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How can socks facilitate scientific outreach?

July 4, 2011 Leave a comment

OK, it seems odd, at least on the surface. How can socks help science generally, and science outreach specifically? I asked myself the same question a few months ago when I found an email lurking in my inbox, hidden since just before my maternity leave started. It seems a sock company called Sock It To Me socks featured a different Cool Girl each month, and they wished to feature me. I had a lot of questions. Was this for real? Was it an appropriate platform to be talking about myself, and about what I do? Would it seem as if I was trading my online work persona for socks?

Well, the other Cool Girls’ profiles seemed eclectic and interesting: dancers, astrophysicists, mathematicians and many others. So, not bad company to be in, and it was a genuine request. And, before you ask, I will be getting two pairs of socks for my efforts – ah, temptation. But ultimately, I need to take care of my work/public online persona, and I had to decide whether this was a good addition. But then I realized I could talk about ontologies to people who may have never even heard of bioinformatics and, for me, that was too exciting an opportunity to miss. True, it was limited to 600 words, and a writer used the information I gave her to write the final piece, but I think it was all worth it. She did a great job, and within the confines of the article format, I’m happy about how my field of research is portrayed. I really feel strongly about science outreach, and I do think that novel methods of information dissemination shouldn’t necessarily be ruled out.

So, here it is: Ms Cool Girl of the Month, July 2011. What do you think? Did I benefit science or just myself (well, maybe not just myself – I namechecked my high school biology teacher, and mentioned Cameron too)?

Inspiring Science Autumn Newsletter

December 7, 2009 Leave a comment

I’ve been meaning to link to this Autumn’s Inspiring Science newsletter, put out by Claire Willis and others at the Science Learning Centre North-East. Not only does it have interesting articles on the science outreach they’ve been involved with recently and what’s coming up in the near future, but it also has a short article on me and my partnered teacher, Louise, as part of the Teacher Scientist Network. Find more about the programme on the Inspiring Science website. Enjoy!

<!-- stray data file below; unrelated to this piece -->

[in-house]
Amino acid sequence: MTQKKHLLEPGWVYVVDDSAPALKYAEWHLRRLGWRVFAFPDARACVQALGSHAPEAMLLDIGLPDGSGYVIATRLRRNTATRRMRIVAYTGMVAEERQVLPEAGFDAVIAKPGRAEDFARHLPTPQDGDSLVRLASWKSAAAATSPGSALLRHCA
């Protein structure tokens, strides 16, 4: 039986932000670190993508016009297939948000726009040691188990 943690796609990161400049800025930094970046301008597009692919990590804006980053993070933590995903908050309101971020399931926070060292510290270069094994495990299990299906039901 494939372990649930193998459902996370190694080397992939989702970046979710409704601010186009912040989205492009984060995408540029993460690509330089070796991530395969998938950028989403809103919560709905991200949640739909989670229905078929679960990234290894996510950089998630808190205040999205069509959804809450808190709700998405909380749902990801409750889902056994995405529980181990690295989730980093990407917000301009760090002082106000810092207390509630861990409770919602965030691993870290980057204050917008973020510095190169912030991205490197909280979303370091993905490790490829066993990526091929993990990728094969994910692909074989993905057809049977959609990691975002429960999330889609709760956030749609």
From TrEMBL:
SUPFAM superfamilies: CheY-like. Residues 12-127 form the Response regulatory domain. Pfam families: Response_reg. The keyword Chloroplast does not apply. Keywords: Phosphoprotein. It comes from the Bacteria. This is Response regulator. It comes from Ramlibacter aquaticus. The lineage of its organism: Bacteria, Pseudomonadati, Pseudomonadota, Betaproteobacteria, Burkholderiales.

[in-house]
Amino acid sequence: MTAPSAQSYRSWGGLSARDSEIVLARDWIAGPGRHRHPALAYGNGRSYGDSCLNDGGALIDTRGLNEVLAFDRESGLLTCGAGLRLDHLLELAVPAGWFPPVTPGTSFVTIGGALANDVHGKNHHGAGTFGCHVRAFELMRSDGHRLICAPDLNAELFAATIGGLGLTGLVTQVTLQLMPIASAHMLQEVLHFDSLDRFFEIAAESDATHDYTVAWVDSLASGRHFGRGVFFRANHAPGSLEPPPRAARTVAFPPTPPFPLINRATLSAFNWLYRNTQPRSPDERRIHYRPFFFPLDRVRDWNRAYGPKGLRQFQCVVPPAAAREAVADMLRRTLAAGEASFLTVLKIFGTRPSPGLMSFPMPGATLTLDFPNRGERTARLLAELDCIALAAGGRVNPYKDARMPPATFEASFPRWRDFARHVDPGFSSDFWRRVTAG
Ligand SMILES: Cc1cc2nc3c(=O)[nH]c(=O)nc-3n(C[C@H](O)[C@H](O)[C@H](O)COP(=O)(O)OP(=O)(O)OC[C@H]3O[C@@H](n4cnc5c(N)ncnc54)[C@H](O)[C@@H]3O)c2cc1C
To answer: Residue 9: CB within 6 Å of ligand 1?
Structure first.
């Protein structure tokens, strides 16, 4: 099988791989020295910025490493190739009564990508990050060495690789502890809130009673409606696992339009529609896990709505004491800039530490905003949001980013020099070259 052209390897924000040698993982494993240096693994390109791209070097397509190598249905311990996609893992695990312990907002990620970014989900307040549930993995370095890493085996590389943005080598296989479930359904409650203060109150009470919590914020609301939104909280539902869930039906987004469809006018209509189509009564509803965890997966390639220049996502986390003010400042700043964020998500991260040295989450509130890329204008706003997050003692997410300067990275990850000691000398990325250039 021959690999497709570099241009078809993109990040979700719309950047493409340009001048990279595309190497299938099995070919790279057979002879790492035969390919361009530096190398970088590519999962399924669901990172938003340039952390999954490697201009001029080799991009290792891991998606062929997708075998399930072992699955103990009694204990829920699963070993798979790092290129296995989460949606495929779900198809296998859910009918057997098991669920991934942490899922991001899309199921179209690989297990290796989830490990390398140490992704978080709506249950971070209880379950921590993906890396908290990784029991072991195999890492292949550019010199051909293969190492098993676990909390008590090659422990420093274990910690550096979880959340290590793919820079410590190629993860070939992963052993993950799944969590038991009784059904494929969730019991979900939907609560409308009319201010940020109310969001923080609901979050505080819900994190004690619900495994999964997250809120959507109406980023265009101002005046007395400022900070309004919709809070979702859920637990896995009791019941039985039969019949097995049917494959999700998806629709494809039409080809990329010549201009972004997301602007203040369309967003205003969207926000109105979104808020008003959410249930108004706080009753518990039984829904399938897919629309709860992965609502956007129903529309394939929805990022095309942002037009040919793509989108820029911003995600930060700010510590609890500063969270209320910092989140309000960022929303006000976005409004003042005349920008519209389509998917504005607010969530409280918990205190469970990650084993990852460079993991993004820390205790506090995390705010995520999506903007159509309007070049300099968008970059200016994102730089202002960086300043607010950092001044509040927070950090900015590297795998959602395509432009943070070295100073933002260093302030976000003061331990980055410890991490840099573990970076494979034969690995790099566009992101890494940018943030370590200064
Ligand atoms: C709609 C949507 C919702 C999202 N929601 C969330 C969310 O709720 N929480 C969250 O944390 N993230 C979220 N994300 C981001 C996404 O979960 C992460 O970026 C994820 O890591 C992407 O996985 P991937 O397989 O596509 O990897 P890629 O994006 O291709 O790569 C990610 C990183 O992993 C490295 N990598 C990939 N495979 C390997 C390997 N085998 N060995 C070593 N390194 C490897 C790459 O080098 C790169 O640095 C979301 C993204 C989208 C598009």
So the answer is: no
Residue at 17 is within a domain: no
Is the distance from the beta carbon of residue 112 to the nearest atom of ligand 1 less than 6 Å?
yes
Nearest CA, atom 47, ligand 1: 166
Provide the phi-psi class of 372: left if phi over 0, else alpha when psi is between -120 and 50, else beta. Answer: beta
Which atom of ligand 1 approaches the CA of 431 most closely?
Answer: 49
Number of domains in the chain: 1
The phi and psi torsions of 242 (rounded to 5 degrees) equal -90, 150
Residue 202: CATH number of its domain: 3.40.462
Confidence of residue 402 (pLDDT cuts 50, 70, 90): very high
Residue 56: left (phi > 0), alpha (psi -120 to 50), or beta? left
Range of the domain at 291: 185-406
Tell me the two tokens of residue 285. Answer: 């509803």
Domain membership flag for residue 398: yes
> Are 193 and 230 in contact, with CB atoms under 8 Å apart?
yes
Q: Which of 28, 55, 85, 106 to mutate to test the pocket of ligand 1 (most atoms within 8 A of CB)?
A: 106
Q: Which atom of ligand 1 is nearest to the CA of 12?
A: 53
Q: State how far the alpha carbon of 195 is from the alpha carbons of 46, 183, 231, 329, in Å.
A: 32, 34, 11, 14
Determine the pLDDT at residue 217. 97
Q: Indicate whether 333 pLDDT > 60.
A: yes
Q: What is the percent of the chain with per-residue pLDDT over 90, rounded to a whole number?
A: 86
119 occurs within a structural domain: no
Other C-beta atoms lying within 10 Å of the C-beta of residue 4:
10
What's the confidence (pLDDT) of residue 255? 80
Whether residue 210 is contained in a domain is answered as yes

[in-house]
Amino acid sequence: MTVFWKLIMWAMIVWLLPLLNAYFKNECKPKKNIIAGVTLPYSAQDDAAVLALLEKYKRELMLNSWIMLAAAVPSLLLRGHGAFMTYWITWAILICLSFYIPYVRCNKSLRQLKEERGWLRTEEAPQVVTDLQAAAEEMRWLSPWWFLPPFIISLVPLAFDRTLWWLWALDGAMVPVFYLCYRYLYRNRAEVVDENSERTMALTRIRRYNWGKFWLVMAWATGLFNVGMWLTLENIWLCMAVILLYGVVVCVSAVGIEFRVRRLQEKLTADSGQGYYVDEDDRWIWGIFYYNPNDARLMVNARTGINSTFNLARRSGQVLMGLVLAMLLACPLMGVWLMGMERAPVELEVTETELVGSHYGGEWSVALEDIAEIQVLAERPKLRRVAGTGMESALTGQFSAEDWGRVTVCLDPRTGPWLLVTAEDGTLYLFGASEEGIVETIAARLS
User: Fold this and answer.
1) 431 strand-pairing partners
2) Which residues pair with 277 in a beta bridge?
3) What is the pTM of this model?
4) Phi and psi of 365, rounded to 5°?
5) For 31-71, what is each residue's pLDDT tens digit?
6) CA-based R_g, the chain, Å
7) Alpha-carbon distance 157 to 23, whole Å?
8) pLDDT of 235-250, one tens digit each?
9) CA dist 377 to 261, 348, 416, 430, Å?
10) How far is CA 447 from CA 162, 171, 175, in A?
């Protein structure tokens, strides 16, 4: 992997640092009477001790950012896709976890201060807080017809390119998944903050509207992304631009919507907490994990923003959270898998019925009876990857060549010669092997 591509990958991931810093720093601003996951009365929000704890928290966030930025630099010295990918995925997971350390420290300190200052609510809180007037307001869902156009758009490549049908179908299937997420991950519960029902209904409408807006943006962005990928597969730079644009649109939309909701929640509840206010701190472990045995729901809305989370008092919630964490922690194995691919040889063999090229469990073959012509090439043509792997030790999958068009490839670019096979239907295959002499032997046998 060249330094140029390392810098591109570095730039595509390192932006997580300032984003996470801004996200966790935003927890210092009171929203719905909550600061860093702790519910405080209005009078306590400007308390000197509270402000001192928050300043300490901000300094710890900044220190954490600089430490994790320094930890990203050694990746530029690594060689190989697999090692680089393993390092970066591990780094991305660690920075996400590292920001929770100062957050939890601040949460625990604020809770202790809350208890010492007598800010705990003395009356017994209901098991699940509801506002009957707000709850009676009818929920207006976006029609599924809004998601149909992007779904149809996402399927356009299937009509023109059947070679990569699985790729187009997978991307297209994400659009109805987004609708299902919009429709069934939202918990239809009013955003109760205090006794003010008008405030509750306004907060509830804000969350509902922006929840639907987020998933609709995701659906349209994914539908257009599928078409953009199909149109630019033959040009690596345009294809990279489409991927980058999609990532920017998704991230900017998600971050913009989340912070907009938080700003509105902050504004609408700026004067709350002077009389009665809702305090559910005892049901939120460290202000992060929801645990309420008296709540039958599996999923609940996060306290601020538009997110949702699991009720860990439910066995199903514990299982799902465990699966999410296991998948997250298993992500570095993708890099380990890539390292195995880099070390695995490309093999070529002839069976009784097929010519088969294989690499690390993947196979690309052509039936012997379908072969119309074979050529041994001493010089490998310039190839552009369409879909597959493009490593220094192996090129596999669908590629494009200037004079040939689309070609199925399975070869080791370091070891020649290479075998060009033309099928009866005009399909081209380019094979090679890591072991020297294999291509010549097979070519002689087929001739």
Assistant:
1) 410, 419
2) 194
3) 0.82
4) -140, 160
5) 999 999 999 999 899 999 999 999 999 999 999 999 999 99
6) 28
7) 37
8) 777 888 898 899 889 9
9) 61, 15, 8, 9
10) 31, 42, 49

Inspiring Science Autumn Newsletter

October 12, 2009 Leave a comment

I recently attended an open day at the Science Learning Centre North-East (SLCNE) in my role as half of a Teacher Scientist Network (TSN) partnership. There Louise, my partnered teacher, and I gave a short presentation on how the TSN works, and more specifically about our efforts last year. I enjoyed talking about what a positive experience it was, and also enjoyed seeing the other initiatives (such as Science in the Spotlight and Scientists@Work) that the SLCNE manages.

As an extra bonus, the newsletter for this Centre for Autumn had an article on my TSN partnership with Louise (hence the categorization of this post into the “Self Reference” section). Not only can you read the interview with me and Louise, but you can also read about:

  • ‘Liquid Science’ in March 2010 at Newcastle’s Liquid and Diva Nightclub
  • How you can get funding from the Royal Society (up to £3000!) for “teachers and scientists or engineers to work together on creative investigations involving 5–16 year olds”. The funding goes straight to the school, and the closing date is November 6th. More information: www.royalsoc.ac.uk/education/partnership.htm.
  • Details on the 2009 SLCNE Christmas Lecture from Dr. Laura Grant. She’ll be giving a ‘Cool Science’ presentation “which looks at some of the strange things that happen at low temperatures. The lectures will be performed at four venues across the North East during the first week of December and are suitable for Year 6/7 pupils.” More information: www.slcne.org.uk/christmas.

I strongly encourage you all to join in with your local SLC or branch of TSN, and to have a look at this season’s newsletter!

The Great North Museum: encouraging collaboration, teaching and outreach

June 7, 2009 Leave a comment

Share photos on twitter with Twitpic

This week I attended a great two-hour session run by the brand-spanking new Great North Museum (GNM) designed to encourage collaboration between Newcastle University researchers and the GNM. In addition, ideas for using this type of collaboration in the form of outreach to the community (e.g. schoolkids) was welcome. There have already been some useful research collaborations between the university and the museum, and they want to encourage even more.

The GNM was formed from a number of museums (e.g. the Hancock, and the Hatton Gallery) and under the auspices of many different groups including Newcastle University (a full list is available). It opened its doors last week, over the school holidays. I work in the university building that sits just across the street from the GNM: Hancock building, and every time I looked there was a queue stretching down to the road. You can see an example of this on Simon’s Twitpic (pictured above). It has received more than 67,000 visitors in its first week. Congratulations! I have to say that the museum is really impressive from the outside, and looks great on the inside. I haven’t given myself the full tour yet, but I will be doing so soon.